Is Tax Theft?

Short answer: No.

Long answer: A few months ago, I asked this question in a comments thread at the libertarian Marginal Revolution blog. In hindsight I feel a little guilty for having almost hijacked someone else's blog; in my defense I'll say that the phrase "tax is theft" appeared (in passing) in the original post. The exact wording of my question was as follows:

Here's something I've never understood about libertarianism.

Libertarians are not anarcho-capitalists: They say that there is a role for government - at minimum, defense (military) and inner security (police). How, then, can you say that "tax is theft". In other words, how is the government supposed to perform those tasks without collecting taxes?

I'd be grateful if someone could answer that; thanks in advance.

Posted by: LemmusLemmus at Apr 30, 2008 8:53:11 AM

Yup, I know that should have been a question mark after "'tax is theft'".

I thought the answers might be of interest to some readers. As I can't put anything below the fold in this blogger template, I've put all reactions to the question in the first comment. (Some entries are excerpts from longer reactions.) Find the whole thread, the main topic of which is limited liability, here. I hope I haven't missed anything relevant to the "tax is theft" issue.

It would be a bit cheap of me to reply in detail to the argements I disagree with after having hardly participated in the discussion I initiated. Just make up your own mind about the contributions.


LemmusLemmus said...

The reactions:


As to the really silly "taxation is theft" idea, maybe the distinction is that A,B, and C don't just get to call themselves a government the way they get to call themselves a corporation, at least not in modern democratic countries.

Posted by: Bernard Yomtov at Apr 30, 2008 9:14:34 AM


My view is that compulsory taxation is always theft and so government revenue should be collected voluntarily. If government were shrunk to a respectable size then I don't think that free-riders would be a significant problem. Especially if people who didn't pay the voluntary fee were denied whatever services government did provide.

Other libertarians might view the very-low tax needed to support a minarchist state as a necessary evil. Certainly paying a flat tax of 5-10% would be 'more just' than what we pay now.

Posted by: Robbie at Apr 30, 2008 9:19:43 AM


thanks. The "deny people who don't pay service" might work with police services, it won't work with defense (military).

Posted by: LemmusLemmus at Apr 30, 2008 9:27:51 AM

The "deny people who don't pay service" might work with police services, it won't work with defense (military).

It won't work with police or fire protection either. Or roads. Or courts in many cases. Or bank regulation. Or environmental protection. Or...

Posted by: Bernard Yomtov at Apr 30, 2008 9:49:43 AM


Most moderate libertarians don't object to *all* taxation, per se, but rather redistributive taxation. For instance, around 50% of the US Federal budget is redistributive in nature, and another 35% or so is military and debt service (debt service, in many ways, is intergenerational redistribution). There are many historical instances of state power in history which, after expanding, serves not to provide public goods but instead to shift money and capital from one group to another.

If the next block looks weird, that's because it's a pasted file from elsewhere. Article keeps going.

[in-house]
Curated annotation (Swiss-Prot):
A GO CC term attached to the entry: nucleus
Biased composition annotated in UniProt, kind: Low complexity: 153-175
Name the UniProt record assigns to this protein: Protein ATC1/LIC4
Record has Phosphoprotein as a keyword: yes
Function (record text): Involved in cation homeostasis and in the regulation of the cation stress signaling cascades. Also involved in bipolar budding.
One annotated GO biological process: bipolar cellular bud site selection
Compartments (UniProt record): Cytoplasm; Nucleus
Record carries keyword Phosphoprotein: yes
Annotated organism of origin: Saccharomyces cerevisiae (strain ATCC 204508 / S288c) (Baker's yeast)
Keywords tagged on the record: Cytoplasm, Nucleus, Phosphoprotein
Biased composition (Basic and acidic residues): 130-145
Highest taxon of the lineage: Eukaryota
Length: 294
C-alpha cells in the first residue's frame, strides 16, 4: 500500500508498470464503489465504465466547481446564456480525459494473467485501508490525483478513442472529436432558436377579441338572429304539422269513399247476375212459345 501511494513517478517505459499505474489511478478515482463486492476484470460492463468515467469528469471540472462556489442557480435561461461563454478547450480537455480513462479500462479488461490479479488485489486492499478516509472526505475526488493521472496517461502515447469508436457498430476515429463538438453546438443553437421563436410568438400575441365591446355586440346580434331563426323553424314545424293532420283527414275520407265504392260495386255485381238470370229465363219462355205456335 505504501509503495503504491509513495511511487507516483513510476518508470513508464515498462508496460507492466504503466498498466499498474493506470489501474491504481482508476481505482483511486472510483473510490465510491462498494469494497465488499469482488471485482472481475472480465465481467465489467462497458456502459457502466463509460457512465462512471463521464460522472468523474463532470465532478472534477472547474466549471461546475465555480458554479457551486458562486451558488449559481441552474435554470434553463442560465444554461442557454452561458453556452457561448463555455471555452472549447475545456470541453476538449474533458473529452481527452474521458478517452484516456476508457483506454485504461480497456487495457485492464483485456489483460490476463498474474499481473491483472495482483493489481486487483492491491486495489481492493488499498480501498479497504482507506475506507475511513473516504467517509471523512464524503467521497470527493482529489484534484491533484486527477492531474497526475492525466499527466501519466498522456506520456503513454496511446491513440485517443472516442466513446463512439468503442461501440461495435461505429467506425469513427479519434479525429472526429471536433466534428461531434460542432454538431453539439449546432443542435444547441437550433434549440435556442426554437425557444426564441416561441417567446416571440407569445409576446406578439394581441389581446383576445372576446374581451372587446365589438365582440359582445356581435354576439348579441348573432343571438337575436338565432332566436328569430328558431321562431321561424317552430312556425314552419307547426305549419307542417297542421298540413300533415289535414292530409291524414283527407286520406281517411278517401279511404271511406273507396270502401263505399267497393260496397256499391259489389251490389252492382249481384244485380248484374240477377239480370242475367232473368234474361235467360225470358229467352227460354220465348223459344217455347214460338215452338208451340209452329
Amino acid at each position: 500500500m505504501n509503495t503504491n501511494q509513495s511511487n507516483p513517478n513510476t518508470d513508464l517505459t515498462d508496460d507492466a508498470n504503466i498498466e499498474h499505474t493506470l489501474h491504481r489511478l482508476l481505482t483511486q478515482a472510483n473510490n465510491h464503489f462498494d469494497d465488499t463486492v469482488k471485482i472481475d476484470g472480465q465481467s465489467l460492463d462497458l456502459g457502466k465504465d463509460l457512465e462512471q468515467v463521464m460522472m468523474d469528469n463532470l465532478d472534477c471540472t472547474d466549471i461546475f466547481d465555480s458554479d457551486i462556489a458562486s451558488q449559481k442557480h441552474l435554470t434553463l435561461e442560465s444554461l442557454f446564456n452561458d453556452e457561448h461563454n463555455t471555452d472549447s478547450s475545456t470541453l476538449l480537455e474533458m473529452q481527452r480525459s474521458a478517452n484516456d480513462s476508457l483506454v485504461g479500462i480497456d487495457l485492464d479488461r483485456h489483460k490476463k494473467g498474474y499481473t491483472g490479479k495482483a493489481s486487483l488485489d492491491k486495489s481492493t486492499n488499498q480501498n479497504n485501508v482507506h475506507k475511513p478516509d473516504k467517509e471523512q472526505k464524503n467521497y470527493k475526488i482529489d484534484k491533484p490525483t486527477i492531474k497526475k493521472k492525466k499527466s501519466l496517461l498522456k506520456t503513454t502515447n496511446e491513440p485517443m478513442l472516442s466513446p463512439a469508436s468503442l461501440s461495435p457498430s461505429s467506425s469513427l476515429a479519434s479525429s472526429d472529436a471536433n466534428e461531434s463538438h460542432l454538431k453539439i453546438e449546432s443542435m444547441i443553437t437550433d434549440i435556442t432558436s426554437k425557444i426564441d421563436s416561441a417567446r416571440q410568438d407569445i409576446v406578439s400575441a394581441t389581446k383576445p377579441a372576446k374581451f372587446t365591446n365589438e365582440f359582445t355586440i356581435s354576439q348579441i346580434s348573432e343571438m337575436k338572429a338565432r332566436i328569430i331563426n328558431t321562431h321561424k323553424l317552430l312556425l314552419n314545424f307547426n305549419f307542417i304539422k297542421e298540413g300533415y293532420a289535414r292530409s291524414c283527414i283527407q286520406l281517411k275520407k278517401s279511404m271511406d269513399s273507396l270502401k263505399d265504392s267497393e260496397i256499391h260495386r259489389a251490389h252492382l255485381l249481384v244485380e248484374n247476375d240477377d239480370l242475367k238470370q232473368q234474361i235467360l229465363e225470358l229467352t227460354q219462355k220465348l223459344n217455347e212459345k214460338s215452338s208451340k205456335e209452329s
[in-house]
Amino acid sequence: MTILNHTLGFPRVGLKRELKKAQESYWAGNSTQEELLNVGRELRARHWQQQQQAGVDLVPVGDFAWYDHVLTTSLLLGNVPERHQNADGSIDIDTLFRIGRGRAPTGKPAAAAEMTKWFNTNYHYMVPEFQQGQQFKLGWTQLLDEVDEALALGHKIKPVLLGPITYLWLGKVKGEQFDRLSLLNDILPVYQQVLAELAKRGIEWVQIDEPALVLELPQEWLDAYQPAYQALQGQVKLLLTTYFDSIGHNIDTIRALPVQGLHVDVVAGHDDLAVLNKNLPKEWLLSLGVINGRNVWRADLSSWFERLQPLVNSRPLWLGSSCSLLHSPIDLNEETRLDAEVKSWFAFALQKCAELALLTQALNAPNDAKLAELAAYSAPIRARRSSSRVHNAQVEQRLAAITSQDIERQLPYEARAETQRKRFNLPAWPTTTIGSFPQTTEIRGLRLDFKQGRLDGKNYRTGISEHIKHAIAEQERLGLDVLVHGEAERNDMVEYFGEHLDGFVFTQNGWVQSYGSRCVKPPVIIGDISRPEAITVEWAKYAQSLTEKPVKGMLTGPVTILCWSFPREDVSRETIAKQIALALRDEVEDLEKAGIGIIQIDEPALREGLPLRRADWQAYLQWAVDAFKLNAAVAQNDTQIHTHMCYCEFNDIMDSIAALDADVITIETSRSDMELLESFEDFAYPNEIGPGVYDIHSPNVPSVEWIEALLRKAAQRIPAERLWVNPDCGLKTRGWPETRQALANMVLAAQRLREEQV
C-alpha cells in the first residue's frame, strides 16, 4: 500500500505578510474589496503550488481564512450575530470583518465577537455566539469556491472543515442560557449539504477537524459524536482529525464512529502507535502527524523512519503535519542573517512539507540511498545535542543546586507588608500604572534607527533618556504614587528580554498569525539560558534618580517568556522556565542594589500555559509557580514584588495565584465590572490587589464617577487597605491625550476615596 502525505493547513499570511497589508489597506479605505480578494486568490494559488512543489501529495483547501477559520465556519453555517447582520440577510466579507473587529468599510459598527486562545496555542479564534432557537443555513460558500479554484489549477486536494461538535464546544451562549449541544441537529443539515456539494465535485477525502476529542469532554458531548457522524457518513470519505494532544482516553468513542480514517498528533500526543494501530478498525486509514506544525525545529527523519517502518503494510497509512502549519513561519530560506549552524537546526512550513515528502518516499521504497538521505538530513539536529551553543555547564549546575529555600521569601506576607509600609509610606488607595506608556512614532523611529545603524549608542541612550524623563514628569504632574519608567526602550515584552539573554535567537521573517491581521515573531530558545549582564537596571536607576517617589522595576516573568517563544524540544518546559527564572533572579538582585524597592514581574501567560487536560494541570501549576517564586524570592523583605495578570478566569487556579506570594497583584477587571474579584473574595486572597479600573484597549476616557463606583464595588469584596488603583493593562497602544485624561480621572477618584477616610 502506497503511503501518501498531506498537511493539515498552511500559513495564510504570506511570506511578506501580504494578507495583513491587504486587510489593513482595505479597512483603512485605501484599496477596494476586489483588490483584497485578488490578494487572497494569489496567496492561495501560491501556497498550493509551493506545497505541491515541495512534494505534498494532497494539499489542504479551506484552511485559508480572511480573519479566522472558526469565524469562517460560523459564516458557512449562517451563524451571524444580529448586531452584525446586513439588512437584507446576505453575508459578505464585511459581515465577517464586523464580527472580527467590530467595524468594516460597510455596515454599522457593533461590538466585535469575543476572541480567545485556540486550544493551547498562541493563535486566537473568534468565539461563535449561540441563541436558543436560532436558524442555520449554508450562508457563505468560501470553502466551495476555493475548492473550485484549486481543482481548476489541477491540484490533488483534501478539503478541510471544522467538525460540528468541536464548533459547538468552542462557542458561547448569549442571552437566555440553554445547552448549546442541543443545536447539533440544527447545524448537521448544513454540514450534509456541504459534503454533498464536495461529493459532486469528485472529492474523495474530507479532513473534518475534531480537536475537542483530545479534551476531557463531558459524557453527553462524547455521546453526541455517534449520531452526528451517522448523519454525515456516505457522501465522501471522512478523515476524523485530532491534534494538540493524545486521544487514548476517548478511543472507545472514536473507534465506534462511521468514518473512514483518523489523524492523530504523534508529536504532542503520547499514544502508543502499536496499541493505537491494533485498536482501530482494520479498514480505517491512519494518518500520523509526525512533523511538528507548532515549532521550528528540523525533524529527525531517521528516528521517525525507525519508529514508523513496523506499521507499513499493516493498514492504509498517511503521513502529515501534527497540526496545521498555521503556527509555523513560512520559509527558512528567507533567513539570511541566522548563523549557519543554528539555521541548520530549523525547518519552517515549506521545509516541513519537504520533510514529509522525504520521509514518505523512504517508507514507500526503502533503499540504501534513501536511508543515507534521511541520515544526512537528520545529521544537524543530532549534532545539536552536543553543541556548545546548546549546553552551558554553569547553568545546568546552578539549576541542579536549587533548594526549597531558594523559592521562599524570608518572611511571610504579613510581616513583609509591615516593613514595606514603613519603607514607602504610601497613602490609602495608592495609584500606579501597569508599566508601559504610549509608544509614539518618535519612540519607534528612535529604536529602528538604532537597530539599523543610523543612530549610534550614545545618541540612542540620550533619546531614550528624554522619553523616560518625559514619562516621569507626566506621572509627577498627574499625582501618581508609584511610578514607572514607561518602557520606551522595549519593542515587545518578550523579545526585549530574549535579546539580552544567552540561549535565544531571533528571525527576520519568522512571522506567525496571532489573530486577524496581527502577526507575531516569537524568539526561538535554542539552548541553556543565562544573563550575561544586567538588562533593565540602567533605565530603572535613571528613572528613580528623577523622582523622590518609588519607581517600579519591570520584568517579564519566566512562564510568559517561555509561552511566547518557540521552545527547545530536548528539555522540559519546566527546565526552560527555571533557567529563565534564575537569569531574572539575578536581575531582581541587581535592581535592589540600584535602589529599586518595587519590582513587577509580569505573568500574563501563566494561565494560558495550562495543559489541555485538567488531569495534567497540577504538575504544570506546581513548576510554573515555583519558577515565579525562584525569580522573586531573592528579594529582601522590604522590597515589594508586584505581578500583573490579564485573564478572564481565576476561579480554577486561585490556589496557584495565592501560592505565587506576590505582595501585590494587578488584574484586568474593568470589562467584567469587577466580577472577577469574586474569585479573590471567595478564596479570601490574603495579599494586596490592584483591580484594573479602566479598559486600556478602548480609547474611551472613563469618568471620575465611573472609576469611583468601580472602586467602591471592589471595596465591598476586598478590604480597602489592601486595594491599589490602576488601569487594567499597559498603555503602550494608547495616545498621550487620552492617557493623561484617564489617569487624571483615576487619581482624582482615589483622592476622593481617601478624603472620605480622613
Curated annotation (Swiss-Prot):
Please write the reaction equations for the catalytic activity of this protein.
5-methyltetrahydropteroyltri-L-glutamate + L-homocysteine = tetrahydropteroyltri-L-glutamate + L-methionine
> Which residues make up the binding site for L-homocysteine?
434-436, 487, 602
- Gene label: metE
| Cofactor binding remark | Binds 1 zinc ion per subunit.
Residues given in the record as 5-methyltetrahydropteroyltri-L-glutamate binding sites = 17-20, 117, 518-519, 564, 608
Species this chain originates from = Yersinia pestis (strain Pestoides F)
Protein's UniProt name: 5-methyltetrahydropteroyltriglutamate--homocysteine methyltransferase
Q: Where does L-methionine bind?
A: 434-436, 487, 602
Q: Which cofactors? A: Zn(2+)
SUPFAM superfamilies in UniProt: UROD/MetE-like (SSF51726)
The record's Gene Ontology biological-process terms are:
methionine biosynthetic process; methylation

(Note that more moderate libertarians, myself included, don't even object to all of the redistribution: I think we'd be worse off in a world without unemployment insurance, for a number of reasons.)

Posted by: cure at Apr 30, 2008 10:26:26 AM


P.S. Yes there are indeed anarcho-Libertarians who believe all taxes are theft and every government service could and should be privatized in its entirety they usually follow the teachings of Murray Rothbard. On the other hand - a voluntary tax-paid government where those who don't volunteer to pay taxes get denied the services?!?! Isn't that simply a private enterprise??

Posted by: Gil at Apr 30, 2008 11:16:04 AM


As to the "taxation is theft" notion, there is no pat answer. Taxation is plainly more coercive than market transactions. Everyone resents taxation at least to some degree because they have no appreciable say about the product/service bundle that presumably comes with the purchase. That bundle is undeniably unwieldy, wasteful, and sometimes abhorrent to our personal beliefs (like funding abortion clinics, or unprovoked wars).

Whether or not society is possible without taxation is, I think, a pointless debate. Governments exist in this world by necessity, and a common attribute of all governments is the power to tax. The only real debate is the mechanism.

Posted by: h-dawg at Apr 30, 2008 12:43:36 PM


As far as the tax issue: it's only theft when it's the Feds.

I think the whole tax structure is upside down.

I don't know if it's workable, but imagine everyone paying ONE tax to the local city or county where you live. That county then pays "tribute", or whatever you want to call it, to the State, which in turn sends a payment (an allowance if you will) to the Fed.

Sure would cut down on the size of the Fed.

Posted by: jackscrow at Apr 30, 2008 1:32:56 PM

John Althouse Cohen said...

I wish the whole text of the post had just been the short answer.

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